A leading head teacher has commented that private schools should be proud of their Olympic record and that the presence of boys puts girls off sport, The Telegraph reports.

Caroline Jordan, who is head teacher at Headington School in Oxford, said that girls are more likely to enjoy sport at single-sex schools because there are no boys to “impress”.

She rejected the notion that private schools should be “embarrassed” by the number of Olympic athletes they have produced, but instead be proud of the achievement.

Private schools educate seven per cent of British children, but accounted for 32 per cent of Great Britain’s medal winner at the Rio Olympics of this year, according to Schools Week figures.

Members of the Girls’ School Association (GSA), of which Ms Jordan is president, educated eight medallists. Ms Jordan acknowledged:

“The disproportionate number of medallists and competitors – not just in Team GB – to have been educated in British independent schools has been well documented.”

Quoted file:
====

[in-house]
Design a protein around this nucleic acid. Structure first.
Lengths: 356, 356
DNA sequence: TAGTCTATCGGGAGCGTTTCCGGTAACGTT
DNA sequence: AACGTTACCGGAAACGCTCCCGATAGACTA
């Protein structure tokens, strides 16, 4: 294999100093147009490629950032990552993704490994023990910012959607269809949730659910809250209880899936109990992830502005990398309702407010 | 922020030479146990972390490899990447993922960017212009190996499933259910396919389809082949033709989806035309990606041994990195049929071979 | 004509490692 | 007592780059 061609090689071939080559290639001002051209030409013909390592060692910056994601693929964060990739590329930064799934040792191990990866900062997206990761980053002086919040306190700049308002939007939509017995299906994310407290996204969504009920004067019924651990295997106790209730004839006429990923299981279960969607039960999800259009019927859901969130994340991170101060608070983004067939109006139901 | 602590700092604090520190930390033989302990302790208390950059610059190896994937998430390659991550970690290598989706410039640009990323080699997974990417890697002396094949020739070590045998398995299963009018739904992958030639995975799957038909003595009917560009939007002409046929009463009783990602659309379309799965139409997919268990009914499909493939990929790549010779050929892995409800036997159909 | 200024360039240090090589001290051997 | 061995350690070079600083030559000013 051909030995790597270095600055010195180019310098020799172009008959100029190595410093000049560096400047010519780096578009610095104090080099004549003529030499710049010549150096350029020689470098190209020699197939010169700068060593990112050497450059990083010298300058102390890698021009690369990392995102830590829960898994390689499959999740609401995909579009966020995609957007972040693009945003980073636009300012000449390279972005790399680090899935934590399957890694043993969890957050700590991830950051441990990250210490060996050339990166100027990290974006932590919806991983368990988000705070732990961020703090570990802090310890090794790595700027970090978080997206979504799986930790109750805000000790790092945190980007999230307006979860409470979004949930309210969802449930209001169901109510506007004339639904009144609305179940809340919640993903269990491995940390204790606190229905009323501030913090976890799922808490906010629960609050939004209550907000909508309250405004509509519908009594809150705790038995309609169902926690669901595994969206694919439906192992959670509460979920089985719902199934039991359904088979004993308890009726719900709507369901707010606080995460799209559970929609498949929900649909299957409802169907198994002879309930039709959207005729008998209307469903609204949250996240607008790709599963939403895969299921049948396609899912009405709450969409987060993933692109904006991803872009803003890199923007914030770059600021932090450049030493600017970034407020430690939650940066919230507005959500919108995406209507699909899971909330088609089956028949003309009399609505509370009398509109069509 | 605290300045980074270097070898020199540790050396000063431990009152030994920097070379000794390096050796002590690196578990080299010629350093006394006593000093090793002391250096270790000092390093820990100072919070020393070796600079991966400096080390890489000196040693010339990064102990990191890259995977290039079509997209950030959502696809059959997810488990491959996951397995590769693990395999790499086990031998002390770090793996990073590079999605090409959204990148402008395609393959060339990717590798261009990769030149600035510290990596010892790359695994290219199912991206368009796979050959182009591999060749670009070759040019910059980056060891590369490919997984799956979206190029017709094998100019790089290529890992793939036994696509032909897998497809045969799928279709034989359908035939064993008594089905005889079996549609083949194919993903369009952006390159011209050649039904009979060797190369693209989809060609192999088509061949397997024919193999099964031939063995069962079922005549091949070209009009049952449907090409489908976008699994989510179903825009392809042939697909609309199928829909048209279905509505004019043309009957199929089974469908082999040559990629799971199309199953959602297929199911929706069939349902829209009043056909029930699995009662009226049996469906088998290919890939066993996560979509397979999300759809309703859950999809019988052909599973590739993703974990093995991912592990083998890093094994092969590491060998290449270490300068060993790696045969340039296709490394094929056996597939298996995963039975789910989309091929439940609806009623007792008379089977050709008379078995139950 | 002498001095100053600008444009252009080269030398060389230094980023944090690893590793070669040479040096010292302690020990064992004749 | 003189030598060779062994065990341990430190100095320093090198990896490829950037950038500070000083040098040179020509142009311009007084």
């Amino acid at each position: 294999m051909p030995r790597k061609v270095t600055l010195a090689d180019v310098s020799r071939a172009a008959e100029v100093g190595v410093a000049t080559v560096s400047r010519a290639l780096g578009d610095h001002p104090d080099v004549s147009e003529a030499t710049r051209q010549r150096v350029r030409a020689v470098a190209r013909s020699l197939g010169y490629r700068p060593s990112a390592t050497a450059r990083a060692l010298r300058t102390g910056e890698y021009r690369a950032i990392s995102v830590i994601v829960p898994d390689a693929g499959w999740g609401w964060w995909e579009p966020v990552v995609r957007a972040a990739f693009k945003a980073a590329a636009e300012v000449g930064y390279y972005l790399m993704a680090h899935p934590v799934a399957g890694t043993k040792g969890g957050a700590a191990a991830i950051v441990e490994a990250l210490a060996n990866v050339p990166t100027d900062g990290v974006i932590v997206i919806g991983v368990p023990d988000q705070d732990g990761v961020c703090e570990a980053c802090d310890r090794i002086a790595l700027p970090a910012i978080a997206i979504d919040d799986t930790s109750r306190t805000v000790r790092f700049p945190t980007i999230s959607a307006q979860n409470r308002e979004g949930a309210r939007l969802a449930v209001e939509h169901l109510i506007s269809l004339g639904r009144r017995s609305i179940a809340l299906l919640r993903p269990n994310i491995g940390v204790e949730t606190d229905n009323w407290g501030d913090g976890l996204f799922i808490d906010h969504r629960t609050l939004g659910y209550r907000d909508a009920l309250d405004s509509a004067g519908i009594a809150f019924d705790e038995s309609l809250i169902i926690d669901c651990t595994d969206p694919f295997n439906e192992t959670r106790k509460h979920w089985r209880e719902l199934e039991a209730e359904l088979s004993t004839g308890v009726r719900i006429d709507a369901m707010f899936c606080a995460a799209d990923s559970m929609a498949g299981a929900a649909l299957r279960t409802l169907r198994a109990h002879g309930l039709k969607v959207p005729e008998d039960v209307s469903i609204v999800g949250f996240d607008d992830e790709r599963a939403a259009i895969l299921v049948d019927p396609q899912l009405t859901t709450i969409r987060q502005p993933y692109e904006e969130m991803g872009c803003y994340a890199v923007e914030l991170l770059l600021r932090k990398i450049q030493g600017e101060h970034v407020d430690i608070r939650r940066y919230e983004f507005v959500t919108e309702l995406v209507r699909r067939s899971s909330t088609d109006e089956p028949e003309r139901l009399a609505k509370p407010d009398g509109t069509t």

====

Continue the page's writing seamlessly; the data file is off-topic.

Research into the education of Britain’s 2012 Olympic squad found that women who had attended single-sex schools were marginally over-represented.

A study published in the International Journal of the History of Sport reported that 45 per cent of female athletes went to single-sex schools, as opposed to 39 per cent of the male contingent. Across the UK, 40 per cent of schools are single-sex.

Ms Jordan explained how girls in mixed schools might be inhibited from playing sport, saying:

“This is partly about access to facilities – even the most progressive of our co-ed colleagues tend to schedule girls’ sports once the boys are sorted – but in my experience it’s really an issue of confidence and peer pressure. With no boys around to ‘impress’, I have always found that girls are far more likely to enjoy running around for an hour at lunchtime on the sports pitch than they might be in a co-ed environment.”

In her speech to the GSA’s annual conference, Ms Jordan informed attendees that a recent poll of GSA sports directors found that 59 per cent believe that non-competitive fitness activities now are just as important to their curriculums as competitive sports, with many saying that they go hand-in-hand and team sports offer girls the chance to learn skills such as leadership and build confidence.